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Bill Dunn

Introduction This chapter builds on the basic arguments of the two previous chapters. Money is an inherently imperfect and shifting measure of value. It is endogenous to capitalism but this is not equivalent to seeing it as ‘non-state’, because the state itself needs to be conceived as within, not without, the capitalist system as a whole. Institutional forms change how money works, and the actions of these institutions, particularly of states, matter in the sense of making a real difference not only to monetary forms but to accumulation. The next section

in Keynes and Marx
Financialisation as a product of virtual fictitious financial capital
Aleksander Buzgalin and Andrey Kolganov

Shifts in productive forces have imparted a qualitatively new character to the capitalist economy in the twenty-first century. 1 The changes in the nature of commodities and the market have been discussed above; in this chapter, we will focus on the changes in the monetary and financial spheres. We will discuss the problem of transformation of the money under capitalism, from the form of credit money, serving the circulation of commodity capital, to money reflecting the prevalence of virtual

in Twenty-first-century capital
Satadru Sen

Those seeking to relocate themselves across contested borders of class, race-caste, gender and nation require means of transportation, i.e., moral languages that are mutually comprehensible to the migrant, his adversaries and “neutral” observers. These languages must describe at least three spaces: the migrant’s origin, the destination and the migrant himself. In the process, a set of techniques must be developed and deployed that will show how morally successful the movement has been. Money is a critical part of

in Migrant races
Theodore M. Porter

of the institution and partly to suggest ways to improve mental health in the population at large. Asylum numbers were understood to show the decisive role of certain causes of insanity, notably vicious or unwise behaviour in the form of alcohol consumption, masturbation, and heredity. Statistics and accounts Asylum reports distinguished between medical and administrative numbers. The former were denominated in numbers of persons, the latter most often in money terms. The alienists endeavoured to maintain a distinction

in Accounting for health
Telling stories from the Cavendish financial accounts
Alison Wiggins

2 Money, marriage and remembrance: telling stories from the Cavendish financial accounts Alison Wiggins ‘Account books form a narrative as engaging as any tale of sea monsters or cannibals,’ so Sir Thomas Cromwell tells himself in Hilary Mantel’s fictionalised depiction.1 Mantel compellingly dramatises for us how Tudor financial accounts were sources of hidden stories, and we regularly find Mantel’s Cromwell turning to them to access alternative versions of events. This chapter performs, as it were, the inverse process to Mantel: it begins with a book of

in Bess of Hardwick
Jack Mosse

doors to all these foreign people, they're given houses, they're given furniture, they're given this that and the other. And then you've got someone that was born and bred here, I worked until I became ill, and now I have to basically beg for my little bit of money. They know exactly what they're doing! My mum's one of them pensioners that's looking at cuts. My mum is 77, she started working from the age of 10. I think she's entitled to her money, and I think if they took some of their own pay cuts they wouldn't have to tax us so much. Because, trust me, they could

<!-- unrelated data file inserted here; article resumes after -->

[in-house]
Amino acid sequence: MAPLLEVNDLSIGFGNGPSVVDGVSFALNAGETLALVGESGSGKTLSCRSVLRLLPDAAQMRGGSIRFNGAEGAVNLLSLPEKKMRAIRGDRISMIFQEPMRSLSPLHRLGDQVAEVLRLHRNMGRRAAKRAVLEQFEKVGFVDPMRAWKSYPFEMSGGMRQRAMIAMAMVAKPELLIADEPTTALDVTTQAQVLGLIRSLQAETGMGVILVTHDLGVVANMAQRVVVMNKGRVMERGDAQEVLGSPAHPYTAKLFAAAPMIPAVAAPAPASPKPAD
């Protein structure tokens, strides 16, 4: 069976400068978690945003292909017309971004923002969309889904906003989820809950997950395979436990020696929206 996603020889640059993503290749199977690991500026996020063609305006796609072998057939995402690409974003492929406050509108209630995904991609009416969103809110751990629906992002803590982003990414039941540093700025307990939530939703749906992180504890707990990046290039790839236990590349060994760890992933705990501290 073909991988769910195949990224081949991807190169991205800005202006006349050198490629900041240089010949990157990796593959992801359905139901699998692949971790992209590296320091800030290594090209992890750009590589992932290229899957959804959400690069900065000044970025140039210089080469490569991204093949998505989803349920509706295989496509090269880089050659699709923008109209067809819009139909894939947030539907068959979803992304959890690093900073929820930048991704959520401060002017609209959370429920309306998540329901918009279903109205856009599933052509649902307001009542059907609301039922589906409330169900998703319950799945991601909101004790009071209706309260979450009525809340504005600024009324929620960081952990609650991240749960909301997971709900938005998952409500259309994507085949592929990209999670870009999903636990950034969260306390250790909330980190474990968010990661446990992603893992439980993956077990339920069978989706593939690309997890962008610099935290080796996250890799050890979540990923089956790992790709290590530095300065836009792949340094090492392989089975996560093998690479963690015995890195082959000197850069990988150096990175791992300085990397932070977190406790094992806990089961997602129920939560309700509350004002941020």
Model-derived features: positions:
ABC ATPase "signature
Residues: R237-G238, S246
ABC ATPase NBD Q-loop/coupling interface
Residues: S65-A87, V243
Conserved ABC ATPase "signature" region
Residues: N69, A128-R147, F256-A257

in The pound and the fury
Abstract only
Myth in the political sphere
Jack Mosse

It would be hard to overstate how important economic narratives have become to governments and political parties. These narratives, and the myths that they are founded upon, can justify key policy shifts and win or lose elections. Consider the ‘magic money tree’ rhetoric, which was used to great effect in the 2017 and 2019 general elections. The population was relentlessly told, first by Theresa May and then by Boris Johnson, that if elected, Labour's reckless policies would bankrupt the nation; that there is no magic money

in The pound and the fury
Open Access (free)
Baker and Berman, and Tempean Films
Brian Mcfarlane

picture called A Date with a Dream (1948). That was our first break, as it were, into the movie business. We were pretty green at that time, so we used our own money, which we probably would have been forced to do, because, coming out of the army, we had no reputation to fall back on. So we financed it ourselves; I think the film cost about just under £10

in British cinema of the 1950s
Susan Strange

Chapter 8 Managing mad money – national systems There are two reasons for regulating the behaviour of international financial dealers and the conduct of international financial markets. One is to moderate and restrain greed. The other is to moderate and restrain fear. Greed and fear are the two human emotions most evident in the day-to-day behaviour of the international financial system today. Mad money is the result. Either dealers are drawn by greed to take too big risks with their own or, more often, with other people’s money; or they are overcome by fear

in Mad Money
Dirk Luyten and David Guilardian

years later, the new specialised Cancer Institute Jules Bordet combined four floors for the poor with three floors for paying patients (who occupied one-third of the beds). 78 Despite these changes the public healthcare system kept losing money. By 1933, the CAP hospitals of the capital suffered a deficit of 9.5 million F. 79 Notwithstanding the hardships of public healthcare

in Medical histories of Belgium